Abstract: Charities and other not-for-profit organizations typically receive most of their donations at year end. It’s critical for these organizations to be on the lookout for fraud during the busy season. This article explains the schemes that are most common to not-for-profit organizations and suggests ways they can beef up internal controls to prevent fraud. An incident can ruin an organization’s reputation, so it’s important to have strong internal controls in place to prevent fraud from happening in the first place.
’Tis the season for donations
How not-for-profits can detect and prevent common fraud schemes
Charities and other not-for-profit organizations typically receive most of their donations at year end. Although fraud is generally less common among not-for-profits than at for-profit businesses, it’s critical for these organizations to be on the lookout for fraud during the busy season. Here are examples of fraud schemes that are most common to not-for-profit organizations, along with some ideas to help beef up internal controls to prevent fraud.
Many not-for-profits are staffed by people who believe strongly in their missions, which contributes to a culture of trust. Unfortunately, such trust makes nonprofits vulnerable to certain types of fraud. For example, if managers don’t supervise staffers who accept cash donations, it provides an opportunity for them to skim (keep a donation for themselves without recording its existence in the books). Skimming is even more likely to occur if a not-for-profit doesn’t perform background checks on new employees and volunteers who’ll be handling money.
However, skimming isn’t the most common type of fraud scheme in the not-for-profit sector. According to the 2016 Report to the Nations on Occupational Fraud and Abuse published by the Association of Certified Fraud Examiners, religious, charitable and social services entities are most likely to fall prey to corruption schemes — where a staffer abuses his or her influence to gain direct or indirect economic benefit, such as a bribe or a contract for a for-profit business that he or she invests in.
Other top schemes among not-for-profits include check tampering, phony expense reimbursement claims and billing schemes. For example, nonprofit staffers might invent and submit invoices on behalf of fictitious vendors or collude with actual vendors who are willing to submit false or inflated invoices.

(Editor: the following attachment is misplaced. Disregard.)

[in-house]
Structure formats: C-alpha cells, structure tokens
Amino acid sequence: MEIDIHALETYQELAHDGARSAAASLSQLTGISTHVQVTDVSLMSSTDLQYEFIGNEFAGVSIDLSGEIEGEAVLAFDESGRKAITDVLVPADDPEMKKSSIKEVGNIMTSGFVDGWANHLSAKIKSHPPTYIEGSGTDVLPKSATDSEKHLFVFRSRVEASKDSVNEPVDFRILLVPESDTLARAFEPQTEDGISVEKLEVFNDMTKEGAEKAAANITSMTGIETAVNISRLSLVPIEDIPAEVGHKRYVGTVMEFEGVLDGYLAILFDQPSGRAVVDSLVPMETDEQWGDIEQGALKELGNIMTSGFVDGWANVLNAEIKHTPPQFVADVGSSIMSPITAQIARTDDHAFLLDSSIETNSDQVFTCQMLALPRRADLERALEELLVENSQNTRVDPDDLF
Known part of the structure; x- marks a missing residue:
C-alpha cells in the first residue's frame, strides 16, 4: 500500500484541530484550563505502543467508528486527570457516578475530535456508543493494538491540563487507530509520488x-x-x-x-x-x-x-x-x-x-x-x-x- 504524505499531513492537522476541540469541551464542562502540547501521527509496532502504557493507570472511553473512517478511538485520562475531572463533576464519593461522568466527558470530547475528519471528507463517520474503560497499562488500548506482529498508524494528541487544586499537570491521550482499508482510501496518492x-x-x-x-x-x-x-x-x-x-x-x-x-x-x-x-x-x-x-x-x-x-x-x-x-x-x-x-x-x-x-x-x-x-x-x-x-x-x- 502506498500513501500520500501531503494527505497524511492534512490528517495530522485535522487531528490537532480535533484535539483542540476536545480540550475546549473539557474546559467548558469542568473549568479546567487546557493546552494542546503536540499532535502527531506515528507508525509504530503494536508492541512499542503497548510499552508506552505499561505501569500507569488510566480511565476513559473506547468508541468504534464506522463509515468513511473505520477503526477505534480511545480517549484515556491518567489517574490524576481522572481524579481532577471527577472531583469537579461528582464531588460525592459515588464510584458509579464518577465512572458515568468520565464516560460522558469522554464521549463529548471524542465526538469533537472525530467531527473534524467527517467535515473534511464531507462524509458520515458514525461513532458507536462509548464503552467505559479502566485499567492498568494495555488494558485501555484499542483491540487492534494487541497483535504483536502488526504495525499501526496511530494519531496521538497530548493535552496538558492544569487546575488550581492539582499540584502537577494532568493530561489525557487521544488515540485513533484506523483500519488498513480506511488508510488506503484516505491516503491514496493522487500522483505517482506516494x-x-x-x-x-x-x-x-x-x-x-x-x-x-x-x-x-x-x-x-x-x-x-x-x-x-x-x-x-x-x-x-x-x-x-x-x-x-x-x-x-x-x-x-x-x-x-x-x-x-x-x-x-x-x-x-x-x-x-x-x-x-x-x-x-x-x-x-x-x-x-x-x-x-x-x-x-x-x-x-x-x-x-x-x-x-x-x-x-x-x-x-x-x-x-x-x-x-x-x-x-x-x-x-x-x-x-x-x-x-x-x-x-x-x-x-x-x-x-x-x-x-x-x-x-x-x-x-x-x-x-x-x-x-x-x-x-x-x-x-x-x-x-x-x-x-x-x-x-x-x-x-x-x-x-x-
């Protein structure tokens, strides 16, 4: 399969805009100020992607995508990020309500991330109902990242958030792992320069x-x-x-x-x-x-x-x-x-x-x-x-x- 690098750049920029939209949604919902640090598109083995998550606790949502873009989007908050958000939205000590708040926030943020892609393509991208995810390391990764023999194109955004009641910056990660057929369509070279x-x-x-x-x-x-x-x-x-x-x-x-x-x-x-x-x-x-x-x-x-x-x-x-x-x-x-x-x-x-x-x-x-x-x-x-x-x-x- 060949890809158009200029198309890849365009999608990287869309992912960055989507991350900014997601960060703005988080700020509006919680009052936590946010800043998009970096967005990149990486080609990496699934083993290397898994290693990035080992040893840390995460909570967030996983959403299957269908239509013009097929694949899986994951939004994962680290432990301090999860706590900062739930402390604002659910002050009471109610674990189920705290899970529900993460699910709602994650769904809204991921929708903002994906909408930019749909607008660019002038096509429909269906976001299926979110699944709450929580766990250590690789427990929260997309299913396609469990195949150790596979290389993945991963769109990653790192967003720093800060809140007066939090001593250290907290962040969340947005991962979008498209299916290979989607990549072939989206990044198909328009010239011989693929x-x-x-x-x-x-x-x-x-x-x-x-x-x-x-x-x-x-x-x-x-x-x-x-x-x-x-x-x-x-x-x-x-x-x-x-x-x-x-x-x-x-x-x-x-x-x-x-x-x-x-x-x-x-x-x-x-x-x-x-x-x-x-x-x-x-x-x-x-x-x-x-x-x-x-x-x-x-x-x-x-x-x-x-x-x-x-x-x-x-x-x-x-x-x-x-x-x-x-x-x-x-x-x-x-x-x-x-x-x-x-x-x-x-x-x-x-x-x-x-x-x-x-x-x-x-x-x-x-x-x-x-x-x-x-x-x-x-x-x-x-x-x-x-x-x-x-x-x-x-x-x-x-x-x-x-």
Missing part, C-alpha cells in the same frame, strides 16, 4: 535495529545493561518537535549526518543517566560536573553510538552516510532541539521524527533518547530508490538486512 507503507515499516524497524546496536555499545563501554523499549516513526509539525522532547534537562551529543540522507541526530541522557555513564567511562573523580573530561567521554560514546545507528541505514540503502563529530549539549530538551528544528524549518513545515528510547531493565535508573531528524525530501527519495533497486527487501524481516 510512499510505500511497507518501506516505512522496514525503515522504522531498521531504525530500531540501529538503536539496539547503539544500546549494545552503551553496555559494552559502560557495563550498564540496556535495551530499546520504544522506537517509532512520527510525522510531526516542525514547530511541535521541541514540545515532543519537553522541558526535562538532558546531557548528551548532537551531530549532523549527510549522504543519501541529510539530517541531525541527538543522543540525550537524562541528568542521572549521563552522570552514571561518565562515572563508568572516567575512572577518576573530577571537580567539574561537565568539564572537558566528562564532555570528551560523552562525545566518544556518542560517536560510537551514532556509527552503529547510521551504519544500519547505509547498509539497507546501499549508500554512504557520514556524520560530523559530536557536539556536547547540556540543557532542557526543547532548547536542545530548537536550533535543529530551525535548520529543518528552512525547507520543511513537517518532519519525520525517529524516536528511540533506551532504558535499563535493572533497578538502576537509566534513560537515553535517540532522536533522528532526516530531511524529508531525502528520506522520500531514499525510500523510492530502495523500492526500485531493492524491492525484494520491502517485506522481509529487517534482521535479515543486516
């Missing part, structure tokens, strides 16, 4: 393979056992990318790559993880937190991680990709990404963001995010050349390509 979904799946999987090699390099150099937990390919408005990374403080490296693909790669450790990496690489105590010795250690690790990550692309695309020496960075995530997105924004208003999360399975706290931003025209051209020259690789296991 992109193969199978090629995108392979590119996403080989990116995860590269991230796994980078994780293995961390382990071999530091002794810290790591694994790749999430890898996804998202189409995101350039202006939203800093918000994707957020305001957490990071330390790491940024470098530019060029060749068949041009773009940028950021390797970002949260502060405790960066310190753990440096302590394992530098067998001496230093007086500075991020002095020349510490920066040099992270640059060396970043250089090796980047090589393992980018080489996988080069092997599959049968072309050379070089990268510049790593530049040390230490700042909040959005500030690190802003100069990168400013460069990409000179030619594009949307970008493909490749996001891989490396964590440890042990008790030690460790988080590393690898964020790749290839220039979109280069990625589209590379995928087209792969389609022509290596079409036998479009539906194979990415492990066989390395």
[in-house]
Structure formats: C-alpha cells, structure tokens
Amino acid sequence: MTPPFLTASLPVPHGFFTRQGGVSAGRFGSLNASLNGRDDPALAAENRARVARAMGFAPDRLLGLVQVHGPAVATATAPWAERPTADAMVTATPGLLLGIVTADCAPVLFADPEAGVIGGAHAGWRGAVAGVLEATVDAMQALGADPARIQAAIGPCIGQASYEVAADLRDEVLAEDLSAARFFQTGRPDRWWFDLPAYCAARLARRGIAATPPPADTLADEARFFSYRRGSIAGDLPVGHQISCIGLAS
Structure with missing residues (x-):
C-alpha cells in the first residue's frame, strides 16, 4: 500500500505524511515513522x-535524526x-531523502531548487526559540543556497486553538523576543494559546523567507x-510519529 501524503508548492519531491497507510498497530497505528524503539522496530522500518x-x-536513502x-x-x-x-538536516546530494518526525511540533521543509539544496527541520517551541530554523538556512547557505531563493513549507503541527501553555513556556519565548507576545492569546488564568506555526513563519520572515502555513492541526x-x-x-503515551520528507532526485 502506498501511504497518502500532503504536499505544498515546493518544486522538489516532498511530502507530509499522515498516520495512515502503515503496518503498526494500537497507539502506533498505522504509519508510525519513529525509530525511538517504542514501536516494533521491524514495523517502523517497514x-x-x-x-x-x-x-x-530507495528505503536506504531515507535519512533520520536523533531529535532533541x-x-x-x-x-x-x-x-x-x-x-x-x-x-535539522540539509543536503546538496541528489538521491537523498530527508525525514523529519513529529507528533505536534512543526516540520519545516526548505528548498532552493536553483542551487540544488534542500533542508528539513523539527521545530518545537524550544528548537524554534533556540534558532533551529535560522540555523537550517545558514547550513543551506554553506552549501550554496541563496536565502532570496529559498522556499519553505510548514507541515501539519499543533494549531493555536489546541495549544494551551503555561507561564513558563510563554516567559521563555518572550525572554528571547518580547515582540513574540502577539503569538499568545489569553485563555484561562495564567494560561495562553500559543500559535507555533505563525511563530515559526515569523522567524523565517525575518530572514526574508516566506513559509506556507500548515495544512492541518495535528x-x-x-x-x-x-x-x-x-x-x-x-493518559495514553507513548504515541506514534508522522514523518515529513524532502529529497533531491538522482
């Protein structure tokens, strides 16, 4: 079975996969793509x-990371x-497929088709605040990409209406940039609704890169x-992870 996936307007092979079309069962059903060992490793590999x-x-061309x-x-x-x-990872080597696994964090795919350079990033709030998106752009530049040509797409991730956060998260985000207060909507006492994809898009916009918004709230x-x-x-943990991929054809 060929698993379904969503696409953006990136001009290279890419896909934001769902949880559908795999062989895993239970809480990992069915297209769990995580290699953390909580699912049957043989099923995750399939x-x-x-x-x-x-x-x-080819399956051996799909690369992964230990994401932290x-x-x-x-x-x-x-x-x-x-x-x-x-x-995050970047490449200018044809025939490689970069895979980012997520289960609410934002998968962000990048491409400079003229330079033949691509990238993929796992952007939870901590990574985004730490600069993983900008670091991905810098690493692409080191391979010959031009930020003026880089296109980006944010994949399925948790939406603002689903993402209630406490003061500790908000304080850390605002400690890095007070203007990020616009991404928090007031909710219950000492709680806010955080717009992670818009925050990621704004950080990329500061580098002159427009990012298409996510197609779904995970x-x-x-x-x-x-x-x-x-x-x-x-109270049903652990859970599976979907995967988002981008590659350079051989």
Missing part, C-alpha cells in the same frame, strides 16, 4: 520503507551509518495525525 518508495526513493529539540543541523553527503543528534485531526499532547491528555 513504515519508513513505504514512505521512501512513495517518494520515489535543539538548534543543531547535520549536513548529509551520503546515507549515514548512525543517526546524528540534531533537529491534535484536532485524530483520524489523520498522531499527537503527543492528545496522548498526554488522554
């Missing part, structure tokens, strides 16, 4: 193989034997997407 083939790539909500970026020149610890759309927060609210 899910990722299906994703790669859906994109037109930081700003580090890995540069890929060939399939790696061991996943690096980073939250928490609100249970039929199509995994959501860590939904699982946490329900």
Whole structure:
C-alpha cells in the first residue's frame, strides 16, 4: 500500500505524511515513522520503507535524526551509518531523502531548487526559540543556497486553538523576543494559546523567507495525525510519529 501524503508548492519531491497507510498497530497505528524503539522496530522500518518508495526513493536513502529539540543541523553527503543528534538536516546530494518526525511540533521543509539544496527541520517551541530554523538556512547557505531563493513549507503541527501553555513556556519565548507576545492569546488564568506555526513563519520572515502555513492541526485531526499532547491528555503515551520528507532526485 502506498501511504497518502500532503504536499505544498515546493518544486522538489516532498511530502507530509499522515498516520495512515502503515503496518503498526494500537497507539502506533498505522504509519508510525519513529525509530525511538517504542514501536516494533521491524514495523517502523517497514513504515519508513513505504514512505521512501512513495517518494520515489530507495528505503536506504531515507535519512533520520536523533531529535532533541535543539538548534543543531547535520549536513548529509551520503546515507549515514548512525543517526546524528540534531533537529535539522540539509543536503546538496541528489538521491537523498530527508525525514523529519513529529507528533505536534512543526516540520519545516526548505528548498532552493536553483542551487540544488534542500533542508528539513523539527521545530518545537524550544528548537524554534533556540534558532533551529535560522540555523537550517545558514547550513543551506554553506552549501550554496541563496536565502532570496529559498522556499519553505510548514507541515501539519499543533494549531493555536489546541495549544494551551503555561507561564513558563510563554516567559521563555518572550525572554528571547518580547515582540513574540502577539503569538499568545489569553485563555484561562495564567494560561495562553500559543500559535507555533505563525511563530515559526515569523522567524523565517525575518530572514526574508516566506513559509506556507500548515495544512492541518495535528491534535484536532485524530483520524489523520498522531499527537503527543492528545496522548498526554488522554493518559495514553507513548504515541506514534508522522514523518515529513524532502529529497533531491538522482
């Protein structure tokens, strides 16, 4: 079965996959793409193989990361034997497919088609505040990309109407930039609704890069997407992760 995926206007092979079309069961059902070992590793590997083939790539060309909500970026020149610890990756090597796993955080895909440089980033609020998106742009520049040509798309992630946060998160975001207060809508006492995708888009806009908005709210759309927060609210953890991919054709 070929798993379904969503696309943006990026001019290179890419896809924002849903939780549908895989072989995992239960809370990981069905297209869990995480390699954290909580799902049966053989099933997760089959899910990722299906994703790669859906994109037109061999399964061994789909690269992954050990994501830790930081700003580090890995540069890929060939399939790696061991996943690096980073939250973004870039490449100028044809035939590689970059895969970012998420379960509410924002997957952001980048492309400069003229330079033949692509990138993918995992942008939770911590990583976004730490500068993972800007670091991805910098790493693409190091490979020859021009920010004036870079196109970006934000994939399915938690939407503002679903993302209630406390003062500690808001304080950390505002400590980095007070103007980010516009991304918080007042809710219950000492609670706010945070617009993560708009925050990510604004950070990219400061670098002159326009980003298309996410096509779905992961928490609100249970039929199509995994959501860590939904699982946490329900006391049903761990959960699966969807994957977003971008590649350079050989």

Reinforce internal controls
Preventing such crimes begins with strong internal controls. Even small nonprofits that consider their employees and volunteers “family” need to establish and follow procedures that limit access to funds. Dishonest staffers who are paid modest salaries or who volunteer may justify their wrongdoing because they would earn more if they provided the same services to a for-profit business.
Possibly the most important internal control to prevent insider fraud is segregation of duties. To reduce opportunities for any one person to steal, multiple employees should be involved in processing payables. For example, every incoming invoice should be reviewed by the staffer who instigated it to confirm the amount and that the goods or services were received, and a different employee should be responsible for writing the check. For large expenditures, not-for-profits should require the approval of more than one person.
Similar guidelines apply to receivables. The staffer who deposits checks shouldn’t also open the monthly bank statement. And the employee who opens mailed donations needs to be different from the person who makes bookkeeping entries and deposits checks.
And don’t forget to protect electronic records that include financial data on donors, vendors, employees and others. Staff members should be given access only to the information and programs required for their job responsibilities. All sensitive information should be password-protected, and users should be required to change their passwords periodically.
Many nonprofits depend on money raised during a big annual gala or other special event at year end. During crowded, chaotic fundraisers, not-for-profits should generally discourage supporters from making cash payments. Instead, they can presell or preregister event participants to limit access to cash on the day of the event. If cash is accepted at the door, not-for-profits should try to assign cash-related duties to paid employees or board members, rather than unsupervised volunteers.
Consult a forensic accountant
A fraud incident can ruin a not-for-profit organization’s reputation, so it’s important to have strong internal controls in place to prevent fraud from happening in the first place. But internal controls can never be 100% fraud-proof. We understand how fraud happens in this unique sector and can help not-for-profits reinforce internal controls, as well as investigate suspicious behavior.
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